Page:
Author + information
- Hendrik-Jan Dieker, MD⁎ (, )
- Stephan S.B. Liem, MD,
- Marc A. Brouwer, MD, PhD and
- Freek W.A. Verheugt, MD, PhD
- ↵⁎Radboud University Nijmegen Medical Center, Heart Lung Center, Department of Cardiology 670, Experimental Cardiology, P.O. Box 9101, 6500 HB, Nijmegen, the Netherlands
With interest we read the comments of Dr. Lozano and colleagues and Dr. Harper on the issue of reperfusion therapy for “pre-hospitally” diagnosed ST-segment elevation myocardial infarction patients presenting early after symptom onset. Although Dr. Harper suggests fibrinolysis with an early invasive strategy in all pre-hospital patients, Dr. Lozano and colleagues suggest this strategy under “certain circumstances.” Our registry data show that with our strategy of pre-hospital diagnosis, catheter laboratory notification from the ambulance, and direct transportation to an intervention center with optimal in-hospital logistics, primary angioplasty can be performed within 90 min of diagnosis in more than 80% of patients. We acknowledge that pre-hospital and in-hospital infrastructure varies per country and region, which might affect the preferred reperfusion therapy.
The current guidelines state that primary angioplasty is the unequivocally preferred reperfusion strategy, if it can be performed within 90 min of presentation by an experienced team of personnel (1). The guidelines are based on the currently available evidence, including the CAPTIM (Comparison of Primary Angioplasty and Prehospital Fibrinolysis in Acute Myocardial Infarction Trial) results, and they do not make an exception for pre-hospital (or early) presenting patients. Dr. Harper's statement that an early pre-hospital fibrinolytic strategy is superior to primary angioplasty lacks sufficient scientific evidence and therefore is not supported by current guidelines. The remark that our results would have been better if a pre-hospital fibrinolytic strategy would have been used instead of primary angioplasty is presumptuous.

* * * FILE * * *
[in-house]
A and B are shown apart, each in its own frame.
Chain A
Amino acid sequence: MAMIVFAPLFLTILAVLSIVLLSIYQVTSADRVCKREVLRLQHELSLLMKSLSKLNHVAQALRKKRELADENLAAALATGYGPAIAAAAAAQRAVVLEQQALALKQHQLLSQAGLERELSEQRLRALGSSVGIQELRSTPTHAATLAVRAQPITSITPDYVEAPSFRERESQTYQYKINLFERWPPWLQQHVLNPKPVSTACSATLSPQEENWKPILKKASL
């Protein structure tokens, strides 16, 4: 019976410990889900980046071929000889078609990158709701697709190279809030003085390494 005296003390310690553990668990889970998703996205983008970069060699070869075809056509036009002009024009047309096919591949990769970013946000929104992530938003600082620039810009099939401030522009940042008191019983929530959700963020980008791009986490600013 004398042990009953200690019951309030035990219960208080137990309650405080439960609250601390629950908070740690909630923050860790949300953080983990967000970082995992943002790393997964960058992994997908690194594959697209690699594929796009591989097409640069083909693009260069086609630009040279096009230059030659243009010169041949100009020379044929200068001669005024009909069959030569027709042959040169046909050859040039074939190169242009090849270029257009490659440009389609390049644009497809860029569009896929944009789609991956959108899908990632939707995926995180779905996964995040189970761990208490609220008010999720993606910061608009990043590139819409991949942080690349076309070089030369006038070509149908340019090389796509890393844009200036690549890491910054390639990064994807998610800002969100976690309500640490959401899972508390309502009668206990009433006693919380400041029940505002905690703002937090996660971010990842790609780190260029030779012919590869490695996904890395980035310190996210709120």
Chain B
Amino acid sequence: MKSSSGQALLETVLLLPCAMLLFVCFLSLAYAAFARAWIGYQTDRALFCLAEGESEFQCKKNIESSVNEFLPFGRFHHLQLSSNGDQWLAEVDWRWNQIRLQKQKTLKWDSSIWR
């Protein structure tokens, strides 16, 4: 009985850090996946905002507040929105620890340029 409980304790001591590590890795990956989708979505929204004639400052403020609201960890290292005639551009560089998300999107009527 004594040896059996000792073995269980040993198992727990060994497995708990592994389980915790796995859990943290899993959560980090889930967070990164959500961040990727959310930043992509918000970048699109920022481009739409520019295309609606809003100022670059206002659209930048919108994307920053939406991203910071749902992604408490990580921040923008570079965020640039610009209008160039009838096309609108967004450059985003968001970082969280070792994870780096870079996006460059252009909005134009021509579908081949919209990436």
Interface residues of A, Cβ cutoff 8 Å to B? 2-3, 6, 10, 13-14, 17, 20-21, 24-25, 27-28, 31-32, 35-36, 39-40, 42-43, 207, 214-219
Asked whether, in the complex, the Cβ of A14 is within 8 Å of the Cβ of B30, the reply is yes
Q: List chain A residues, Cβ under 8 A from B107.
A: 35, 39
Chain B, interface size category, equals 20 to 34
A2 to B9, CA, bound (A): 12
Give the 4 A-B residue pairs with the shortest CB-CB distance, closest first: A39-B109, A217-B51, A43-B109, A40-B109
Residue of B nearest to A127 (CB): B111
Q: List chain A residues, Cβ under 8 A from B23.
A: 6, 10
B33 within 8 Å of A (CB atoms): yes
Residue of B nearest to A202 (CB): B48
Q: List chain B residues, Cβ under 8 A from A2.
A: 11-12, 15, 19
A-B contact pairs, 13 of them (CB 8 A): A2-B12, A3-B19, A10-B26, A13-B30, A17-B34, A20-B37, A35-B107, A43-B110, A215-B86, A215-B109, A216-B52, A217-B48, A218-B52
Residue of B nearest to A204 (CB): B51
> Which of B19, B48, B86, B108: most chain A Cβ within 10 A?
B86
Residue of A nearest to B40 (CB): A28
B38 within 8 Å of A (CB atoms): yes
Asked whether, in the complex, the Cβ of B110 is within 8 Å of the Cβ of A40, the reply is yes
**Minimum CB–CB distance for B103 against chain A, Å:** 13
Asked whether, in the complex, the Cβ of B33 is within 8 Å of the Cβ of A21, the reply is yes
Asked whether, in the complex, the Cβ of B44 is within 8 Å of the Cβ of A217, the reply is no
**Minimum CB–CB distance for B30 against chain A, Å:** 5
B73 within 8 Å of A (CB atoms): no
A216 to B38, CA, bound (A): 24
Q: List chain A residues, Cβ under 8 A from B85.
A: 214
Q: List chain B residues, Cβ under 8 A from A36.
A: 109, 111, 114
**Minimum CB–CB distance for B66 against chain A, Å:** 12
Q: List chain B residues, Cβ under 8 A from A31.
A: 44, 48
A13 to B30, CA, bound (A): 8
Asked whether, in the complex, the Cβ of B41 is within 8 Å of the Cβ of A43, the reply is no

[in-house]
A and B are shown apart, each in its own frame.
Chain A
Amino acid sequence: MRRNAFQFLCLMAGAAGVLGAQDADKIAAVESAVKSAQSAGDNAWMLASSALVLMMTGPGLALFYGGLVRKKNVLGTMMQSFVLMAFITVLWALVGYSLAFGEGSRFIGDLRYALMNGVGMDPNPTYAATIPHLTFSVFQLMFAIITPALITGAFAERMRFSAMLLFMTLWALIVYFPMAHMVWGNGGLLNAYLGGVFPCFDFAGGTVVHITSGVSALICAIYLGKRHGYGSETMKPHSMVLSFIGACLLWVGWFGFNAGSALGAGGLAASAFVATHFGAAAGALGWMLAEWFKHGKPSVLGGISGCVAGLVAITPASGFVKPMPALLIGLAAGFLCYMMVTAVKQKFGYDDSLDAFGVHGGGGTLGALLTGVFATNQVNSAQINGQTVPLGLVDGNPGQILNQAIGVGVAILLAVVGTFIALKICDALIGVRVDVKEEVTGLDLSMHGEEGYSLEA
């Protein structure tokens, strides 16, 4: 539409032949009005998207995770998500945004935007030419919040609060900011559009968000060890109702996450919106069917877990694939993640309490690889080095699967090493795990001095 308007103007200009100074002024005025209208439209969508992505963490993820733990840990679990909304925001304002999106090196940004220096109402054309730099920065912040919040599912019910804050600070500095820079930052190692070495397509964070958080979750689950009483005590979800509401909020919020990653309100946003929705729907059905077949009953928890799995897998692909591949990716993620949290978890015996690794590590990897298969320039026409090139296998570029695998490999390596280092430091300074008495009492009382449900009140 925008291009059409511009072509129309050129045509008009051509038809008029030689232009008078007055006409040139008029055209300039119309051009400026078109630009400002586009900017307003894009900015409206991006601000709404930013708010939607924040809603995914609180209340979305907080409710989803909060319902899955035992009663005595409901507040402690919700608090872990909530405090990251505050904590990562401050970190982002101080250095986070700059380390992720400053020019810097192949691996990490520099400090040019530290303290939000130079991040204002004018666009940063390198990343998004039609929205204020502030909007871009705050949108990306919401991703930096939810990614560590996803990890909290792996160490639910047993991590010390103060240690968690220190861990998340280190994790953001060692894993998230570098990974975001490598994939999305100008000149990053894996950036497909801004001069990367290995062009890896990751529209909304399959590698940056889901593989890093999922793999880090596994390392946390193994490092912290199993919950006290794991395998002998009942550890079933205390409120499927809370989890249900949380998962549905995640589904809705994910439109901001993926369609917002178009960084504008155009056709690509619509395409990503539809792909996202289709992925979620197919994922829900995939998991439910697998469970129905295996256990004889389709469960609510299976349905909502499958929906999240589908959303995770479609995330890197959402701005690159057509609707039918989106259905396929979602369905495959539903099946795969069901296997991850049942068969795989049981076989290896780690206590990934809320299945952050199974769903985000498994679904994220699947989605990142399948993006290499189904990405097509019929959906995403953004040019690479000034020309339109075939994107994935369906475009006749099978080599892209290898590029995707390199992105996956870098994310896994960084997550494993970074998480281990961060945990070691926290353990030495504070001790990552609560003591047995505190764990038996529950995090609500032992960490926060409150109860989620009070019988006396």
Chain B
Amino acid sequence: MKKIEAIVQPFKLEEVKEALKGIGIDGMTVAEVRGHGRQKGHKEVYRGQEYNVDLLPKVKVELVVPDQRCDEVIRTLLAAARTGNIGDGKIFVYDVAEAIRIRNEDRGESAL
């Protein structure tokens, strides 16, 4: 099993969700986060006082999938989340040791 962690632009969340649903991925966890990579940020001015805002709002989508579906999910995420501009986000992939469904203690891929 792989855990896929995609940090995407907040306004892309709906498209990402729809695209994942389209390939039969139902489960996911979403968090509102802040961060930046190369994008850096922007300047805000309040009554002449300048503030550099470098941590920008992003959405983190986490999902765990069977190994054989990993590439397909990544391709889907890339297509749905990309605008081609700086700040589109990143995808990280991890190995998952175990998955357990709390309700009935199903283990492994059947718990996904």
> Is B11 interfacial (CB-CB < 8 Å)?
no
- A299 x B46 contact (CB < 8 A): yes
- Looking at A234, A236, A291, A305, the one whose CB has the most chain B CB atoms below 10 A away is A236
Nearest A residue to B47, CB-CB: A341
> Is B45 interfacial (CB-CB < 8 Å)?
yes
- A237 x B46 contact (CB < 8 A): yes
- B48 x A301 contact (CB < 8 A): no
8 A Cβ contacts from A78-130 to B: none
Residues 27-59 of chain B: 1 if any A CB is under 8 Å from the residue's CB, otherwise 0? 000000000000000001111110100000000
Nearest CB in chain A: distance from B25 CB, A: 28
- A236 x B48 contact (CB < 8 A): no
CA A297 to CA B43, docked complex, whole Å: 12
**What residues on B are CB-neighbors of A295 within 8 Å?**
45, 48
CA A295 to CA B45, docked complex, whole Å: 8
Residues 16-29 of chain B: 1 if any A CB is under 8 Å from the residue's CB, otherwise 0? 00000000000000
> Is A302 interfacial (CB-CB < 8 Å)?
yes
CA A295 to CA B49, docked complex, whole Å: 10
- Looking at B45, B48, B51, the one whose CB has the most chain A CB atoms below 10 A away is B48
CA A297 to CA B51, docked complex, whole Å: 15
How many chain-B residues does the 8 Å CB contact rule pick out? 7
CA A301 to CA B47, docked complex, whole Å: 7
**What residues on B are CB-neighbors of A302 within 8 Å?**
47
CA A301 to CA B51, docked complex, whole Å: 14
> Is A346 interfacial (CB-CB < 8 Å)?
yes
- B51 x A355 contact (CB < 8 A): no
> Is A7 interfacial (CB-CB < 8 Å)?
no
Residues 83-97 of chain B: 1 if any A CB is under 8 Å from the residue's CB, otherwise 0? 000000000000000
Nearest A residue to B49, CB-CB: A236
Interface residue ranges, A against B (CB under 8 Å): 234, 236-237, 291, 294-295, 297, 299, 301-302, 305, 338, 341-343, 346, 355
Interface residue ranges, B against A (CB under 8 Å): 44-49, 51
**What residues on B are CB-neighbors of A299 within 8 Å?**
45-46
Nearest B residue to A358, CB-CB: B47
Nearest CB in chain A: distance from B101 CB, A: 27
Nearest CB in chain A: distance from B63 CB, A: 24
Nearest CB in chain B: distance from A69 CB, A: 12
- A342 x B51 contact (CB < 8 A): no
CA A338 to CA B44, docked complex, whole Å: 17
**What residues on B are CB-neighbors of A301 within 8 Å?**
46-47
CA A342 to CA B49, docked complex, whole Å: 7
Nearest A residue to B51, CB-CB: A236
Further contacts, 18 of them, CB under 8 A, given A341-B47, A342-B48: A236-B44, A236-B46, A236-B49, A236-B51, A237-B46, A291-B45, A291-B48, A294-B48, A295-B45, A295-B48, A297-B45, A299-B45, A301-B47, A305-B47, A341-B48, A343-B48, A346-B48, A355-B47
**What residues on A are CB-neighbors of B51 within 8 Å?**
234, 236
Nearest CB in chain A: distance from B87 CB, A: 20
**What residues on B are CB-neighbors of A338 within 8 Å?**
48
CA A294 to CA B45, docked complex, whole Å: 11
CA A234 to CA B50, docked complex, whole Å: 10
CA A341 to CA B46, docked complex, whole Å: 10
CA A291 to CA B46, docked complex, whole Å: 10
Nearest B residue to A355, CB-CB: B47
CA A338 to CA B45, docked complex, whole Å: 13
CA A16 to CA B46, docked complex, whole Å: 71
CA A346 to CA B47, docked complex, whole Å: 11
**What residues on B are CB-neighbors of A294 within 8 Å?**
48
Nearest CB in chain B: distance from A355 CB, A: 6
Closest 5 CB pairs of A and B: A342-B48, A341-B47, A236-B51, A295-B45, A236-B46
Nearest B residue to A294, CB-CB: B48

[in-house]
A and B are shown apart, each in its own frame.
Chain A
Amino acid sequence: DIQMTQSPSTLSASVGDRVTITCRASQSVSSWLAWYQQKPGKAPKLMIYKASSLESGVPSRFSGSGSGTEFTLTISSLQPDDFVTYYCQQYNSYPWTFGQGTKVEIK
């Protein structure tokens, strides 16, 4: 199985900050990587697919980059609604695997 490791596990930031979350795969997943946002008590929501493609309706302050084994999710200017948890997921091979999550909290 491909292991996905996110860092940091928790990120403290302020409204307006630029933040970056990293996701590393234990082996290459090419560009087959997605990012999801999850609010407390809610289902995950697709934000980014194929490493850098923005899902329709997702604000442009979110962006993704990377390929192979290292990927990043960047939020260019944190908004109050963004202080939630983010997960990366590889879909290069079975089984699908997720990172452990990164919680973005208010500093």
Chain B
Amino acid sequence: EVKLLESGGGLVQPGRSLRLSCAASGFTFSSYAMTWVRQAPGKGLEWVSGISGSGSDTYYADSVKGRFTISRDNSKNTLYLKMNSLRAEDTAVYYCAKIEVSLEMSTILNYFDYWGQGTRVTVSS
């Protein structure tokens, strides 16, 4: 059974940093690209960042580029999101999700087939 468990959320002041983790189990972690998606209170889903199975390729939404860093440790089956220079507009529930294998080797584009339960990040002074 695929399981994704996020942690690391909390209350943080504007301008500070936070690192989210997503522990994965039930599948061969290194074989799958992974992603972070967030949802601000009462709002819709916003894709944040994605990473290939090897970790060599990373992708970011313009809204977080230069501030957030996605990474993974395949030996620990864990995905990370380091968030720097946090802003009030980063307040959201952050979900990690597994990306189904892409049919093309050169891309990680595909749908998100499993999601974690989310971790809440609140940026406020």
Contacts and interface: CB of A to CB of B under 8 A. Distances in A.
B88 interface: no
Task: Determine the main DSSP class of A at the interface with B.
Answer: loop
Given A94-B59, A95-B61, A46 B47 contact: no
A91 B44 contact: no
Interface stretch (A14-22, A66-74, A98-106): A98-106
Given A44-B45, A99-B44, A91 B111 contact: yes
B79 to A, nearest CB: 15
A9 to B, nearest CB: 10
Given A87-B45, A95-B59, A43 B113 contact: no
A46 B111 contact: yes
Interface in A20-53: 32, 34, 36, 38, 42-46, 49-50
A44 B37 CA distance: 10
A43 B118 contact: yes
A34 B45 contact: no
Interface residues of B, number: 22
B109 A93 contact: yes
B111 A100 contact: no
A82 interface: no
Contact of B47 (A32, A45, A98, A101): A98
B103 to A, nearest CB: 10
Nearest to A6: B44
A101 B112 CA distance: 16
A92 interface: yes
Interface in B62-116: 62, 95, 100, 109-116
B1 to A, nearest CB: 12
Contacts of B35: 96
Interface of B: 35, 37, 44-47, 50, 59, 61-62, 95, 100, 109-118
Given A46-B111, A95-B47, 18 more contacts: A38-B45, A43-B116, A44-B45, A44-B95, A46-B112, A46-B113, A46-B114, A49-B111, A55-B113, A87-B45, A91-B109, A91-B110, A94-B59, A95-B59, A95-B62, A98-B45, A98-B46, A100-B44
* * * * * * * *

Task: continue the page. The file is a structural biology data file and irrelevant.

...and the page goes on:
We agree with Dr. Lozano and colleagues that pre-hospital fibrinolysis with a routine early invasive strategy is the preferred reperfusion strategy under certain circumstances—namely if high-quality primary angioplasty performed in a timely fashion is not available. Our registry was initiated to monitor treatment delays in primary angioplasty. Before the initiation of primary angioplasty, pre-hospital fibrinolysis with a liberal rescue strategy has been successfully used for more than 1 decade, with two-thirds of patients being treated within 2 h of symptom onset. Our primary angioplasty data demonstrate that most patients are treated within the time window of the guideline. Moreover, we show that guideline adherence can be substantially improved if all patients are referred directly to an intervention center instead of through a nonintervention center.
We concur with both authors that the impact of (early) pre-hospital fibrinolysis with an early invasive strategy in patients at low risk of bleeding might be underestimated, and this strategy deserves further study. To date, the CAPTIM study is the only available randomized trial in the pre-hospital setting comparing both reperfusion strategies in the optimal setting. The suggested superiority of early fibrinolysis stems from a subgroup analysis of a prematurely discontinued, overall neutral trial, and these results should be interpreted with caution. The currently enrolling STREAM (Strategic Reperfusion Early After Myocardial Infarction) trial compares both reperfusion strategies in patients presenting within 3 h of symptom onset, and results are eagerly awaited. At least until then, timely high-quality primary angioplasty remains the treatment of preference.
- American College of Cardiology Foundation
- Frederick G.,
- Kushner F.G.,
- Hand M.,
- et al.